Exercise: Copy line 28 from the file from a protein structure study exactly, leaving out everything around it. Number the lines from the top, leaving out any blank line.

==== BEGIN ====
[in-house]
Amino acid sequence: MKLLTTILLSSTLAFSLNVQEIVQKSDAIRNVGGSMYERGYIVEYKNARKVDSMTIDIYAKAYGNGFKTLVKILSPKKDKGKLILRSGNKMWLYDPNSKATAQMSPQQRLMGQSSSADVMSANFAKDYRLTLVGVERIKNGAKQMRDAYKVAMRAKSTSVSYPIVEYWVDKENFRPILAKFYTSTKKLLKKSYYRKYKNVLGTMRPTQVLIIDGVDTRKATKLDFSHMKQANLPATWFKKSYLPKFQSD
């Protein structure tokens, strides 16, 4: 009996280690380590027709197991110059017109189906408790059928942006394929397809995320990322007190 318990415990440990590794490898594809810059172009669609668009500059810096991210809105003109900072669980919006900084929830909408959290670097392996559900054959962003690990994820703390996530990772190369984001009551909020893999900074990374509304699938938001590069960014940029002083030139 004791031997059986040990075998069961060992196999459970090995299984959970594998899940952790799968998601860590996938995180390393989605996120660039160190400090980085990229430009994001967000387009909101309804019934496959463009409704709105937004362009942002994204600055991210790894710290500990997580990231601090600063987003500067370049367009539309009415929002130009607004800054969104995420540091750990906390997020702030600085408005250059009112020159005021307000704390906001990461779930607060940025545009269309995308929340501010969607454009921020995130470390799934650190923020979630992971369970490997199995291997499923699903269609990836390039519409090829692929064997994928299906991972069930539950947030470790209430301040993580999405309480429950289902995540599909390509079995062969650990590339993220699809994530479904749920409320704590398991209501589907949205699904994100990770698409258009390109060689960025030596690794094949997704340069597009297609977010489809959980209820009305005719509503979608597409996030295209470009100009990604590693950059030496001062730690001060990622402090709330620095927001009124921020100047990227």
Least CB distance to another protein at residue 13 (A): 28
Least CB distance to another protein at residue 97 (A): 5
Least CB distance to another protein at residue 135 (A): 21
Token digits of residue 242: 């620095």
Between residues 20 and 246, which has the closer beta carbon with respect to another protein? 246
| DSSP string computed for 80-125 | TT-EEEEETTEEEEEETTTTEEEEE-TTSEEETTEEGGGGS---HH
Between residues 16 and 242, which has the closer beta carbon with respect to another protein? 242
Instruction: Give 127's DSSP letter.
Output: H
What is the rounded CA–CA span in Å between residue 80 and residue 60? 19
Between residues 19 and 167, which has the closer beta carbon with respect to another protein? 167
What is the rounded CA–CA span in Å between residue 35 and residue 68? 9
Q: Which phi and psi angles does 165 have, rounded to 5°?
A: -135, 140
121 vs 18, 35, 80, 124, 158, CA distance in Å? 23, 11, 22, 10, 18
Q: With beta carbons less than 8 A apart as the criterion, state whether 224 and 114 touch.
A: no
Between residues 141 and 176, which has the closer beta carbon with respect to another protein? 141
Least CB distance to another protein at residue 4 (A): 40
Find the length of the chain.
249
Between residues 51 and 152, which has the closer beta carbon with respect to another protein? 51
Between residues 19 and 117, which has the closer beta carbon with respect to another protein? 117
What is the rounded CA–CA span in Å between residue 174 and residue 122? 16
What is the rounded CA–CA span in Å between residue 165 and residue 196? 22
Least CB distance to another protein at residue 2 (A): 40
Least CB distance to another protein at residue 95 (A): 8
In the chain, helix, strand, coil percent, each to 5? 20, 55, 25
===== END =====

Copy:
What is the rounded CA–CA span in Å between residue 165 and residue 196? 22